Sociology and the New Systems Theory

Toward a Theoretical Synthesis
Author: Kenneth D. Bailey
Publisher: SUNY Press
ISBN: 9780791417430
Category: Social Science
Page: 372
View: 5626

Continue Reading →

After providing a review of classical theory, this book carefully sketches the chief contributions of living systems theory, social entropy theory, autopoiesis, and other approaches. It shows that these approaches are without flaws of earlier functionalism, yet they retain the breadth and integrative potential needed by mainstream theorists concerned about the threat of hyperspecialization and fragmentation within sociology.

The New Political Sociology of Science

Institutions, Networks, and Power
Author: Scott Frickel,Kelly Moore
Publisher: Univ of Wisconsin Press
ISBN: 0299213331
Category: Science
Page: 500
View: 8552

Continue Reading →

In the twenty-first century, the production and use of scientific knowledge is more regulated, commercialized, and participatory than at any other time. The stakes in understanding those changes are high for scientist and nonscientist alike: they challenge traditional ideas of intellectual work and property and have the potential to remake legal and professional boundaries and transform the practice of research. A critical examination of the structures of power and inequality these changes hinge upon, this book explores the implications for human health, democratic society, and the environment.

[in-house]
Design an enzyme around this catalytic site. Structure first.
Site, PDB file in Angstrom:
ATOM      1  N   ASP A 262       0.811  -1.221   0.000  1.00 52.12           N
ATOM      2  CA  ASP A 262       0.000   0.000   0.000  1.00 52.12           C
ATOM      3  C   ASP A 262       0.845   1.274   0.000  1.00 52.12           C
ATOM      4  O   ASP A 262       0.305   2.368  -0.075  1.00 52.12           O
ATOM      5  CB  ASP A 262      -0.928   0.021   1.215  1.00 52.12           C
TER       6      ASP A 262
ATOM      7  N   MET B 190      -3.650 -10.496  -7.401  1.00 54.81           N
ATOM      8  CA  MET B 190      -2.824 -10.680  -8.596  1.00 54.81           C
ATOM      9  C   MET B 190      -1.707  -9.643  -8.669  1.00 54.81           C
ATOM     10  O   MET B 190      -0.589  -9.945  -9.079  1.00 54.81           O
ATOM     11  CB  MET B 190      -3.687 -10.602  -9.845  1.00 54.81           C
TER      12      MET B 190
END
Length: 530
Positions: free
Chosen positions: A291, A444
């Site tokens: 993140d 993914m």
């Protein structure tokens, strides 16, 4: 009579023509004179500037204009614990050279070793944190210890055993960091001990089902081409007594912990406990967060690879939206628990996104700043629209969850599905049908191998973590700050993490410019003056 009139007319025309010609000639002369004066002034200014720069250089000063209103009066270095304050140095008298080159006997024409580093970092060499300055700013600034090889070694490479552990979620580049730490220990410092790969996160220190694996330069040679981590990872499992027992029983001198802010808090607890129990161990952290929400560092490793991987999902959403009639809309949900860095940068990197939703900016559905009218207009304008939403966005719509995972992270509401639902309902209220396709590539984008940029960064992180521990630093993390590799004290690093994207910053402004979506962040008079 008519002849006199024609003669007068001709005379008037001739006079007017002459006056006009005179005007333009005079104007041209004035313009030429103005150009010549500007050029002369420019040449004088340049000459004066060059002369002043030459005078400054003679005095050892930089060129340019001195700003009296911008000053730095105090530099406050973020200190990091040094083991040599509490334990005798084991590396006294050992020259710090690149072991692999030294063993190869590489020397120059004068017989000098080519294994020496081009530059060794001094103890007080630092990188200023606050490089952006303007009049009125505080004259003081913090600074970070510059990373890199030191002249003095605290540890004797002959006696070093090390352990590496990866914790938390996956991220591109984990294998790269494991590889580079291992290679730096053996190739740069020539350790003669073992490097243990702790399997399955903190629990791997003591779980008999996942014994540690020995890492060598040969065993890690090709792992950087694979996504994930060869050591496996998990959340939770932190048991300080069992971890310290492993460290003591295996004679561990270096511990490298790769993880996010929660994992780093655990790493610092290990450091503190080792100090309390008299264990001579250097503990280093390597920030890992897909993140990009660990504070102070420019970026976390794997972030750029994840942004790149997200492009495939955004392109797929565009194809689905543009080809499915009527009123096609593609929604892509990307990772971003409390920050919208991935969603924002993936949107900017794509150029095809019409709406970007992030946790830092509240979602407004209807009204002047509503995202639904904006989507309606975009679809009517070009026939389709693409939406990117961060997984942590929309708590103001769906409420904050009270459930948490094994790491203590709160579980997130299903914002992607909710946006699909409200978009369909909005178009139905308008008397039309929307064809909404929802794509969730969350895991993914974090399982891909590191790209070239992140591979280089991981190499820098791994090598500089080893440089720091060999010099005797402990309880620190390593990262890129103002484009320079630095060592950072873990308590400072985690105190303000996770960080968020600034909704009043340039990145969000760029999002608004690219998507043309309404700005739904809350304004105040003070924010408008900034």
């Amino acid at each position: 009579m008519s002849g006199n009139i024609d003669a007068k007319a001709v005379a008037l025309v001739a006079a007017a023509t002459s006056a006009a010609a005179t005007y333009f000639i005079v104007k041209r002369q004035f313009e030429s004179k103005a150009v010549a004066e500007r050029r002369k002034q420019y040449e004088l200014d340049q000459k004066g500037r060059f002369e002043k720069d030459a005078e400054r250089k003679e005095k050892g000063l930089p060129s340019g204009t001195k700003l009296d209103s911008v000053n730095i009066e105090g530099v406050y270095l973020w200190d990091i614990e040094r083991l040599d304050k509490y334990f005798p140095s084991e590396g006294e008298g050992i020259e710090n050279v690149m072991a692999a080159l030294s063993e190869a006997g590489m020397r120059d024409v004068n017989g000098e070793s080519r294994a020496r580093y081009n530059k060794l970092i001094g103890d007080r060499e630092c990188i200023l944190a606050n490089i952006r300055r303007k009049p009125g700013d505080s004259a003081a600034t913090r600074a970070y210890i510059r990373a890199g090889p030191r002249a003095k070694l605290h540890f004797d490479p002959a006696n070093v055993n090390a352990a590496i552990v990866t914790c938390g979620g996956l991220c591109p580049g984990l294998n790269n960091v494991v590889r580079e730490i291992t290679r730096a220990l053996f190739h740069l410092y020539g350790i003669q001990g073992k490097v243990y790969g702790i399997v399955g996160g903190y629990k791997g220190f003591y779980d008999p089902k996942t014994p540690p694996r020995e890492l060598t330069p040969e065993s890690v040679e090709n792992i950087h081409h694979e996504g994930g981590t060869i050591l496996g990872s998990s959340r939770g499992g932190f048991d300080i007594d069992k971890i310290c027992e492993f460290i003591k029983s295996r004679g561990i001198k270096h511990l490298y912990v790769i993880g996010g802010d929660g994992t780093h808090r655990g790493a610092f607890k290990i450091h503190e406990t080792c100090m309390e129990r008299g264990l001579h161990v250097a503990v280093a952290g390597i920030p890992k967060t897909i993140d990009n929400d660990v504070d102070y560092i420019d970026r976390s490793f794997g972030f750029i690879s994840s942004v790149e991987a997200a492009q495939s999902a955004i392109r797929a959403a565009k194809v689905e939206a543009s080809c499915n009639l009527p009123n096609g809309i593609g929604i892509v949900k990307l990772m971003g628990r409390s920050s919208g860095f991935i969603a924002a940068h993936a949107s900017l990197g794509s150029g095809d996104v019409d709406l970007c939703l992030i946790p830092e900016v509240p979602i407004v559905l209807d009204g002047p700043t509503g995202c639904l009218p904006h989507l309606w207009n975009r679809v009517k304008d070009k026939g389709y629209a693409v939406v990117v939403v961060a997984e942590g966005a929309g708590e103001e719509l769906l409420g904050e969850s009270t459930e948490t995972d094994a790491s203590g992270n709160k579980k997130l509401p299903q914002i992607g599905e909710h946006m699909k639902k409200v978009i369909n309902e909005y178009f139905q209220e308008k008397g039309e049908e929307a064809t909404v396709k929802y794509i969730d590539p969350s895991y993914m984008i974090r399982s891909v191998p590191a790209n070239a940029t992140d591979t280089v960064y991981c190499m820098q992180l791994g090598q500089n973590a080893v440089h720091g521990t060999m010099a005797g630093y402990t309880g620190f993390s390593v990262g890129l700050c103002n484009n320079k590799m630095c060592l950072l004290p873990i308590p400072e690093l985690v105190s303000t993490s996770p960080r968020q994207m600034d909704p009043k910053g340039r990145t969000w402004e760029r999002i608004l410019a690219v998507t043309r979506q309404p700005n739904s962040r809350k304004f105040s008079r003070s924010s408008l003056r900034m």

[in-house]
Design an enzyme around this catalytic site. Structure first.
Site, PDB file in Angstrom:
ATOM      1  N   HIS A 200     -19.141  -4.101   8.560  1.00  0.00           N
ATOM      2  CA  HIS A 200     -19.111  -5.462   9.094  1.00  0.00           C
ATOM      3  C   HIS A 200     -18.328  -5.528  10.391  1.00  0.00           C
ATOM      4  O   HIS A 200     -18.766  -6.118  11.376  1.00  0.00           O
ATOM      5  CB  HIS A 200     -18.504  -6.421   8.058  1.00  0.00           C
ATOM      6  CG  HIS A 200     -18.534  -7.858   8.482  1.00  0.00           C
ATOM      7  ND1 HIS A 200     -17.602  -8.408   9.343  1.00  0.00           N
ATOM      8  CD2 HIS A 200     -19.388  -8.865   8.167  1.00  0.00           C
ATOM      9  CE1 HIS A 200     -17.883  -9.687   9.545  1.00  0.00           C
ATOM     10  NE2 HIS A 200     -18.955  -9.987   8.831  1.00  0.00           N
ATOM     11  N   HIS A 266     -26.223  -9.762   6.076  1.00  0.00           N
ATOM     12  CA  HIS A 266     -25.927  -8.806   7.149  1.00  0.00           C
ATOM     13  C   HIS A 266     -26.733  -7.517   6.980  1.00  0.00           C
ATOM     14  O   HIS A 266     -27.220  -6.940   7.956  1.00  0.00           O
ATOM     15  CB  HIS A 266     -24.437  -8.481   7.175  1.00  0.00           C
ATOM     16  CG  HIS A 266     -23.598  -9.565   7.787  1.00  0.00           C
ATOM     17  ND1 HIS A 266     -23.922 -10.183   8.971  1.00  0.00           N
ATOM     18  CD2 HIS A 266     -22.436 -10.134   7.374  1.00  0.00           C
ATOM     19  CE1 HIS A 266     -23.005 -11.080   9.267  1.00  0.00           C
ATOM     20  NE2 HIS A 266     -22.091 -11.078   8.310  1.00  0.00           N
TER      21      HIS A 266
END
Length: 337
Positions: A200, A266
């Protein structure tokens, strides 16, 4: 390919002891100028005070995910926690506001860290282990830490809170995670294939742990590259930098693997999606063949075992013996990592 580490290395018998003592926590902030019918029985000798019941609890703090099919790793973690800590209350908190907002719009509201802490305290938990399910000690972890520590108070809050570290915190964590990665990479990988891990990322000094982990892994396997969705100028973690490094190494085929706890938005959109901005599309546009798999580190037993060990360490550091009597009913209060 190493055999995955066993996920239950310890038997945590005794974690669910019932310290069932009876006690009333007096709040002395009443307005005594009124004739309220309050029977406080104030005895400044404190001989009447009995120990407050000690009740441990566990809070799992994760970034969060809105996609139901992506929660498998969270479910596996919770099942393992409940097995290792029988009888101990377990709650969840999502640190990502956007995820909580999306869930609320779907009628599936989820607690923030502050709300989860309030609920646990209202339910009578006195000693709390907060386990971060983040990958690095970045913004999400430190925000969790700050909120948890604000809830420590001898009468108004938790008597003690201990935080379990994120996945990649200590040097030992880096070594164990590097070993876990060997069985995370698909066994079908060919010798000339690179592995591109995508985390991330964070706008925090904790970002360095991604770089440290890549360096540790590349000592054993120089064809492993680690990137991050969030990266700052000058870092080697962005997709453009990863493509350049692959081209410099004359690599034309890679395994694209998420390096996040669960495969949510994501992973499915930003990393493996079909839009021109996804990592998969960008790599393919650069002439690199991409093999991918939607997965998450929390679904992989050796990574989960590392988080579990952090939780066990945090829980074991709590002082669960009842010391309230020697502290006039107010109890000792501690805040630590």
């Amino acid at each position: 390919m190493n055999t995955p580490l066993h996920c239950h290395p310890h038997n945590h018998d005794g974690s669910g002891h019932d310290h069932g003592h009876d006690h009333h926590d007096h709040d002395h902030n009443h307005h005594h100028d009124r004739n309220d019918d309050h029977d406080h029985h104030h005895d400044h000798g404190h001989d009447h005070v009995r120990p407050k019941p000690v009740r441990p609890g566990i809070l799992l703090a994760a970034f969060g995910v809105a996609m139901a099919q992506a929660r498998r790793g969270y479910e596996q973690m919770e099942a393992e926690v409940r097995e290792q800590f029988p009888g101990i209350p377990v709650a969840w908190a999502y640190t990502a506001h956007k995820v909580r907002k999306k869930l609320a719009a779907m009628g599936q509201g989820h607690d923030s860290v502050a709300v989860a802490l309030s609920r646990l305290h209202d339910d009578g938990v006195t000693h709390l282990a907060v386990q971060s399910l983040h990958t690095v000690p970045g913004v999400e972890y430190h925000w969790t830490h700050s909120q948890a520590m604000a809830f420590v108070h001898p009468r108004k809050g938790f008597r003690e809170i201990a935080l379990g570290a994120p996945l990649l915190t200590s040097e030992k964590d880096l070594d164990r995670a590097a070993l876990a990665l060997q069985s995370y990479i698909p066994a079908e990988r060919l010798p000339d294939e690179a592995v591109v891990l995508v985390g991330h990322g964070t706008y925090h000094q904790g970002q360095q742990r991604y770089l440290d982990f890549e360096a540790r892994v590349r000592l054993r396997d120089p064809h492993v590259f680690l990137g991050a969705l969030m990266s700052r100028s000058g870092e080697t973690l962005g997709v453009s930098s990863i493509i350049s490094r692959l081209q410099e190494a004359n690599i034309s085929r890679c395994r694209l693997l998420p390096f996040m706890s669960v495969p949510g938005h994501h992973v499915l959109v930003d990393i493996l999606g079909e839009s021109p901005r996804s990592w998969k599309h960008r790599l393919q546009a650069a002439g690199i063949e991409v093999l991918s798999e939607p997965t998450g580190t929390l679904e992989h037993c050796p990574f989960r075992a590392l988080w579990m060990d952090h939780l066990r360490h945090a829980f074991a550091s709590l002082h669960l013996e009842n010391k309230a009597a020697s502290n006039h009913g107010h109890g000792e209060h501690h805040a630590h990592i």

Crisis in Sociology

The Need for Darwin
Author: Joseph Lopreato,Timothy Crippen
Publisher: Routledge
ISBN: 1351320181
Category: Social Science
Page: 344
View: 6451

Continue Reading →

Crisis in Sociology presents a compelling portrait of sociology's current troubles and proposes a controversial remedy. In the authors' view, sociology's crisis has deep roots, traceable to the over-ambitious sweep of the discipline's founders. Generations of sociologists have failed to focus effectively on the tasks necessary to build a social science. The authors see sociology's most disabling flaw in the failure to discover even a single general law or principle. This makes it impossible to systematically organize empirical observations, guide inquiry by suggesting falsifiable hypotheses, or form the core of a genuinely cumulative body of knowledge. Absent such a theoretical tool, sociology can aspire to little more than an amorphous mass of hunches and disconnected facts. The condition engenders confusion and unproductive debate. It invites fragmentation and predation by applied social disciplines, such as business administration, criminal justice, social work, and urban studies. Even more dangerous are incursions by prestigious social sciences and by branches of evolutionary biology that constitute the frontier of the current revolution in behavioral science. Lopreato and Crippen argue that unless sociology takes into account central developments in evolutionary science, it will not survive as an academic discipline. Crisis in Sociology argues that participation in the "new social science," exemplified by thriving new fields such as evolutionary psychology, will help to build a vigorous, scientific sociology. The authors analyze research on such subjects as sex roles, social stratification, and ethnic conflict, showing how otherwise disconnected features of the sociological landscape can in fact contribute to a theoretically coherent and cumulative body of knowledge.